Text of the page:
In 2022, the ICRG released a call for proposals inviting investigators to explore interventions to prevent the negative consequences associated with gambling, including impacts on the gambling of players who gamble in a problematic manner. The following year, the ICRG awarded a Center of Excellence Grant to Dr. Sally Gainsbury at the University of Sydney. Reflecting the multi-disciplinary approach of the Center grants, Dr. Gainsbury and collegues will create a Centre for Excellence in Gambling Research (CoEGR) within existing research centers focusing on gambling treatment and harm prevention research (psychology, Gambling Treatment & Research Clinic), understanding how gambling harms contribute to social and economic disadvantage over the lifetime (economics, ARC Life Course Centre), how to prevent gambling and other addictions among young adults (public health, Matilda Centre for Research in Mental Health and Substance Use), and the role of technology in problematic behavior (multidisciplinary Technology Addiction Team, Brain and Mind Centre). As such, the new CoEGR will focus on conducting cutting edge investigation of gambling behavior and interventions and translating them to inform policies and practices to minimize gambling harms while building research capacity. The objectives of the first three years will be to investigate low voluntary engagement with responsible gambling tools and ways to enhance this through technology-based targeted interventions for vulnerable subgroups.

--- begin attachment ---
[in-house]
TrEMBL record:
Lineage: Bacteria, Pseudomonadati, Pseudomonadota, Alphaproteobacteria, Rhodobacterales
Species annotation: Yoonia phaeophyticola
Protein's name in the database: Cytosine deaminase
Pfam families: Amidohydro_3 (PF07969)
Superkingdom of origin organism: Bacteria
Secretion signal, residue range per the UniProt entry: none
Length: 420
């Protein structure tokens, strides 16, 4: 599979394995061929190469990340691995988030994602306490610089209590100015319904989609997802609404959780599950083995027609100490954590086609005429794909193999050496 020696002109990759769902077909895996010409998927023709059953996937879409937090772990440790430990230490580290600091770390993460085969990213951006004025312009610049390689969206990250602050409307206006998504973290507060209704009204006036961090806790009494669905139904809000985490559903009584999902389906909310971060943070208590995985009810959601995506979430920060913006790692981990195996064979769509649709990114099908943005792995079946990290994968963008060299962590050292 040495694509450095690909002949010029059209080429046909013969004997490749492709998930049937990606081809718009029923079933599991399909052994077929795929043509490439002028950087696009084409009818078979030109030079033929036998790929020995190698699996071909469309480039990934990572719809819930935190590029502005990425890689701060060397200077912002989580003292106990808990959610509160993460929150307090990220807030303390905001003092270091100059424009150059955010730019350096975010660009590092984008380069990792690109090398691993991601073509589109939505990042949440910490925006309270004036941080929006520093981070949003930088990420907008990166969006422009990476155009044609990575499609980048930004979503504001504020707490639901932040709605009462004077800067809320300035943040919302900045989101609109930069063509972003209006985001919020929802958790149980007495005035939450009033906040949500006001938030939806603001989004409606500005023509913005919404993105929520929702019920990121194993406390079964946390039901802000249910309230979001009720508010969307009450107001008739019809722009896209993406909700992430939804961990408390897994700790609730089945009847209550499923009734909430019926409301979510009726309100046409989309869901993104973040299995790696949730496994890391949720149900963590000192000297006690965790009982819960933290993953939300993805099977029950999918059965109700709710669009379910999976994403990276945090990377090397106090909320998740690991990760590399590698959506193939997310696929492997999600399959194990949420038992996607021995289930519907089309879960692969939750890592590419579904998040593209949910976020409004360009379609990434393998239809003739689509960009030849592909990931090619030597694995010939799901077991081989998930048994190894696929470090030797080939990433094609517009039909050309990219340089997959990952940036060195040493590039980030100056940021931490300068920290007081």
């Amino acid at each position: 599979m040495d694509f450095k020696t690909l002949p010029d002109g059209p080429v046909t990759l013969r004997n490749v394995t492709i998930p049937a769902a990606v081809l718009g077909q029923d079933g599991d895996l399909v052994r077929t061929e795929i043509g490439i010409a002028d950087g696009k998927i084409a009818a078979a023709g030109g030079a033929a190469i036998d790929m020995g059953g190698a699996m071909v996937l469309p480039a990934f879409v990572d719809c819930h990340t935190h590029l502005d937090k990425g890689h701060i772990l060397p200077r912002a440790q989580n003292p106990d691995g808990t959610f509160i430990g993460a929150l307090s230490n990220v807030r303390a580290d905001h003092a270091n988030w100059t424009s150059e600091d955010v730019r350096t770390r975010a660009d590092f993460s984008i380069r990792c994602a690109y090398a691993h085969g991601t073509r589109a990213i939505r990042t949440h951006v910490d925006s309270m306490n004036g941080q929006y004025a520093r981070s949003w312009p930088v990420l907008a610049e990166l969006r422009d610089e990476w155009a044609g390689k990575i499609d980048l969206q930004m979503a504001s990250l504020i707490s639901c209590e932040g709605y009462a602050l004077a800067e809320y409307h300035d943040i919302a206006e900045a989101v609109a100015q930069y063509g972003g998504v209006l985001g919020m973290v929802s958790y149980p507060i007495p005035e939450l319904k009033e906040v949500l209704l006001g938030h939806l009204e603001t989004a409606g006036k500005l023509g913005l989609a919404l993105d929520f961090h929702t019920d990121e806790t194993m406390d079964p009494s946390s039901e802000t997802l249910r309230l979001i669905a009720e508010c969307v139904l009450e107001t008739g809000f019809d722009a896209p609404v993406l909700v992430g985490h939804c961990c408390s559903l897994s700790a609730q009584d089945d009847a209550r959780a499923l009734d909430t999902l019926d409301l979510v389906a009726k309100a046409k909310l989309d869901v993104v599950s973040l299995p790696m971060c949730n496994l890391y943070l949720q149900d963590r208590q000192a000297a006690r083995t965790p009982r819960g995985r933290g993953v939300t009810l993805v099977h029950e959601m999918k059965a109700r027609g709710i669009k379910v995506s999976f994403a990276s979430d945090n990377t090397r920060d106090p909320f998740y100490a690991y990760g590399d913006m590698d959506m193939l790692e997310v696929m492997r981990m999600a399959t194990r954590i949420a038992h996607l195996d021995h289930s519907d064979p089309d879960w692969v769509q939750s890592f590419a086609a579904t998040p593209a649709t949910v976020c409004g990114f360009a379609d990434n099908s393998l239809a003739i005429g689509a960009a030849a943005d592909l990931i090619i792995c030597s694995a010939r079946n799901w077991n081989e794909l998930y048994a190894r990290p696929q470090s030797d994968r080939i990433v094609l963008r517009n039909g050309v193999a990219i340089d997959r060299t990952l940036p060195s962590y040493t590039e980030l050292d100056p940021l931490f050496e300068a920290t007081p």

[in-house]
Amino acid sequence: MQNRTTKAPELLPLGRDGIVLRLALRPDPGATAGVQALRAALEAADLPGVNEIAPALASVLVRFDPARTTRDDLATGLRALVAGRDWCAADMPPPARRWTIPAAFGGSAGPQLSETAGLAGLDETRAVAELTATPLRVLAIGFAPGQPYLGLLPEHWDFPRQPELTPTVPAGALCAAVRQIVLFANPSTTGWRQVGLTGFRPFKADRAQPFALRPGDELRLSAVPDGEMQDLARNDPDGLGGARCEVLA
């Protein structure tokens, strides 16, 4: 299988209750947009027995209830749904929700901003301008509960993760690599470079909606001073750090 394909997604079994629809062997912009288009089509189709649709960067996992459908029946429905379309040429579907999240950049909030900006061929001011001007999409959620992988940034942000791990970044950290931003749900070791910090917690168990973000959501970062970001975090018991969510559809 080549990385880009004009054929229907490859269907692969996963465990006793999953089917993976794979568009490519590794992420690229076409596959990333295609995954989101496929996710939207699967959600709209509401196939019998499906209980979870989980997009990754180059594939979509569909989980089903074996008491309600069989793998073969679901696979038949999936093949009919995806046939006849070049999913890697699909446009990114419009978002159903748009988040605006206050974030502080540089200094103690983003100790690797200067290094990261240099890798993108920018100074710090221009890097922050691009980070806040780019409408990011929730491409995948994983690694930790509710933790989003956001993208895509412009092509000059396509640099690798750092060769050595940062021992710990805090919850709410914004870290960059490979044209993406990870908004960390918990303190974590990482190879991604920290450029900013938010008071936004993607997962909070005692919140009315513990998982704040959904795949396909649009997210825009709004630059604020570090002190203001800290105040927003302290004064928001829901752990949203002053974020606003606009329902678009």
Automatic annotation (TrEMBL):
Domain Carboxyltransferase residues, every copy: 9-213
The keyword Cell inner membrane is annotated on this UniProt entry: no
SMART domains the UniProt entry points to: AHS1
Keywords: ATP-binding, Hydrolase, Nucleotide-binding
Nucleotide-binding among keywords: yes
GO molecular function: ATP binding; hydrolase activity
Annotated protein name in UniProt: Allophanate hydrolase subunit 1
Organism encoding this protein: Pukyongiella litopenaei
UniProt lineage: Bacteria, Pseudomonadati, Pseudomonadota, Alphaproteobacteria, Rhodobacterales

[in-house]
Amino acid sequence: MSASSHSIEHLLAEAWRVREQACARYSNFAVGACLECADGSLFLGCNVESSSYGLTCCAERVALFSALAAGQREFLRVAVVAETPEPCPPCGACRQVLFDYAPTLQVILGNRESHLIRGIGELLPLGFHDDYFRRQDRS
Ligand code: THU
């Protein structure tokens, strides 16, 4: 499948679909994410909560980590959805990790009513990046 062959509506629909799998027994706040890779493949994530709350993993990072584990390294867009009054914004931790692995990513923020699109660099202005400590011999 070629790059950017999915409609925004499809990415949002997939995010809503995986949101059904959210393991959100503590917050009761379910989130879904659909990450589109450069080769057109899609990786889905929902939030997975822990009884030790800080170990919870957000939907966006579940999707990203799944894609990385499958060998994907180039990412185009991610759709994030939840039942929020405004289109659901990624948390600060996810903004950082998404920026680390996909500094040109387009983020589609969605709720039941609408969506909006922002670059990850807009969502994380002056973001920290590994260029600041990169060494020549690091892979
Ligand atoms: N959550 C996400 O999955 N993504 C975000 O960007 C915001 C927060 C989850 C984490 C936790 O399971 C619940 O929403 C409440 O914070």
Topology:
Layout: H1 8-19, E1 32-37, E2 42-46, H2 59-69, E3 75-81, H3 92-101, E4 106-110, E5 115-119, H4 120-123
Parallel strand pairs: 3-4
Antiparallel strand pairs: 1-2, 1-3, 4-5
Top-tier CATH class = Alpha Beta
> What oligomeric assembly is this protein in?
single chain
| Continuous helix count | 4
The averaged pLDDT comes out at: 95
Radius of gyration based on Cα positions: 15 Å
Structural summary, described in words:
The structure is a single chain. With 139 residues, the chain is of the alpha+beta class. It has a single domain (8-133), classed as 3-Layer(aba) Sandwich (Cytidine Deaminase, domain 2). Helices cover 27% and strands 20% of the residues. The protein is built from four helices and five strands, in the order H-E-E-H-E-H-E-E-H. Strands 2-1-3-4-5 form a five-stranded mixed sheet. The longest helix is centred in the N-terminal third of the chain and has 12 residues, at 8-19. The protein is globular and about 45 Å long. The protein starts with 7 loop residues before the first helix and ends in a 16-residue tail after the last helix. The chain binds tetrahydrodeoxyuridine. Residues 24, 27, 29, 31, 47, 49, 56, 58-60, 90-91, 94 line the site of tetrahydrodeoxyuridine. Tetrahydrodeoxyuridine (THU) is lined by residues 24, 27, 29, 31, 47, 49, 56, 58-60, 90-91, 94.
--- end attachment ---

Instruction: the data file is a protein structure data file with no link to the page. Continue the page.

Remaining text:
Their research methods are multidisciplinary and include working with large datasets provided by online gambling operators of customer behavior over a 12-month period and pre-and post-interventions, self-report survey responses linked with objective behavioral data from online gambling operators, and qualitative research using co-design to develop interventions likely to be effective in targeted groups (e.g., young males).
The potential benefits of the outcomes from this program of research for reducing gambling harms are clear. The center will identify groups who appear to be at the greatest risk of experiencing gambling harms and determine how to identify these groups via their behavioral patterns in online account data, improve the understanding of how to engage these groups with preventative interventions and current barriers, identify the most effective ways of communicating with at-risk gamblers to encourage positive behavioral change in the form of voluntary consumer protection tool use and determine whether mandating the dissemination of activity statements is an effective harm reduction strategy.
This Center of Excellence in Gambling Research is supported by a grant from Bally’s Corporation.